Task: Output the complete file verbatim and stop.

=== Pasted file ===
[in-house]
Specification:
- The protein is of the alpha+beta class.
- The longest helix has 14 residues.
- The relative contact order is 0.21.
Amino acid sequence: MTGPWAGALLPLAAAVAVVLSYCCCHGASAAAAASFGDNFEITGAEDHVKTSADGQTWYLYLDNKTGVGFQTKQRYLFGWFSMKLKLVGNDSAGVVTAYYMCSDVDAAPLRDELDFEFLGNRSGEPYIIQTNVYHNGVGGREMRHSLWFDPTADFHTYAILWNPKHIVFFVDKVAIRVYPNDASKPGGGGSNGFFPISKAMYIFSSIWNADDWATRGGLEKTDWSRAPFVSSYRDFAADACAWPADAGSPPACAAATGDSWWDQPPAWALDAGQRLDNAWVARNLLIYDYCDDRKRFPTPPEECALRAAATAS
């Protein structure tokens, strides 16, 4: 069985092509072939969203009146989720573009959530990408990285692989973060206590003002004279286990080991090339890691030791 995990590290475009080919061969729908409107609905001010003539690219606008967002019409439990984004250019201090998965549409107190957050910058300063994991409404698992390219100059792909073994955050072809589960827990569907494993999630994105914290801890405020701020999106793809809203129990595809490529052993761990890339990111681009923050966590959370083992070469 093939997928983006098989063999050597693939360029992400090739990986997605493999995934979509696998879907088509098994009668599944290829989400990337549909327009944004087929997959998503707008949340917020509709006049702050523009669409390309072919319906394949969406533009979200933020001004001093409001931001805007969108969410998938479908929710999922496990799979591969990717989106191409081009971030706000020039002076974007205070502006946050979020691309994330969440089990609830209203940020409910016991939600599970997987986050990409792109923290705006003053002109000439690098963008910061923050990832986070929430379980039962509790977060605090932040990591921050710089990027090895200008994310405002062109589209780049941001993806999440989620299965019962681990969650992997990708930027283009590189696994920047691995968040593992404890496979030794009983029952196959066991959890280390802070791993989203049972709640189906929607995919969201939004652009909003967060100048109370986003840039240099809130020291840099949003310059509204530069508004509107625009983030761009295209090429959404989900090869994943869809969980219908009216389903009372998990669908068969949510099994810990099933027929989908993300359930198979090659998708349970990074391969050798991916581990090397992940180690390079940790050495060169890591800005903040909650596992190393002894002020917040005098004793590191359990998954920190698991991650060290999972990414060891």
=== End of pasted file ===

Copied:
[in-house]
Specification:
- The protein is of the alpha+beta class.
- The longest helix has 14 residues.
- The relative contact order is 0.21.
Amino acid sequence: MTGPWAGALLPLAAAVAVVLSYCCCHGASAAAAASFGDNFEITGAEDHVKTSADGQTWYLYLDNKTGVGFQTKQRYLFGWFSMKLKLVGNDSAGVVTAYYMCSDVDAAPLRDELDFEFLGNRSGEPYIIQTNVYHNGVGGREMRHSLWFDPTADFHTYAILWNPKHIVFFVDKVAIRVYPNDASKPGGGGSNGFFPISKAMYIFSSIWNADDWATRGGLEKTDWSRAPFVSSYRDFAADACAWPADAGSPPACAAATGDSWWDQPPAWALDAGQRLDNAWVARNLLIYDYCDDRKRFPTPPEECALRAAATAS
């Protein structure tokens, strides 16, 4: 069985092509072939969203009146989720573009959530990408990285692989973060206590003002004279286990080991090339890691030791 995990590290475009080919061969729908409107609905001010003539690219606008967002019409439990984004250019201090998965549409107190957050910058300063994991409404698992390219100059792909073994955050072809589960827990569907494993999630994105914290801890405020701020999106793809809203129990595809490529052993761990890339990111681009923050966590959370083992070469 093939997928983006098989063999050597693939360029992400090739990986997605493999995934979509696998879907088509098994009668599944290829989400990337549909327009944004087929997959998503707008949340917020509709006049702050523009669409390309072919319906394949969406533009979200933020001004001093409001931001805007969108969410998938479908929710999922496990799979591969990717989106191409081009971030706000020039002076974007205070502006946050979020691309994330969440089990609830209203940020409910016991939600599970997987986050990409792109923290705006003053002109000439690098963008910061923050990832986070929430379980039962509790977060605090932040990591921050710089990027090895200008994310405002062109589209780049941001993806999440989620299965019962681990969650992997990708930027283009590189696994920047691995968040593992404890496979030794009983029952196959066991959890280390802070791993989203049972709640189906929607995919969201939004652009909003967060100048109370986003840039240099809130020291840099949003310059509204530069508004509107625009983030761009295209090429959404989900090869994943869809969980219908009216389903009372998990669908068969949510099994810990099933027929989908993300359930198979090659998708349970990074391969050798991916581990090397992940180690390079940790050495060169890591800005903040909650596992190393002894002020917040005098004793590191359990998954920190698991991650060290999972990414060891």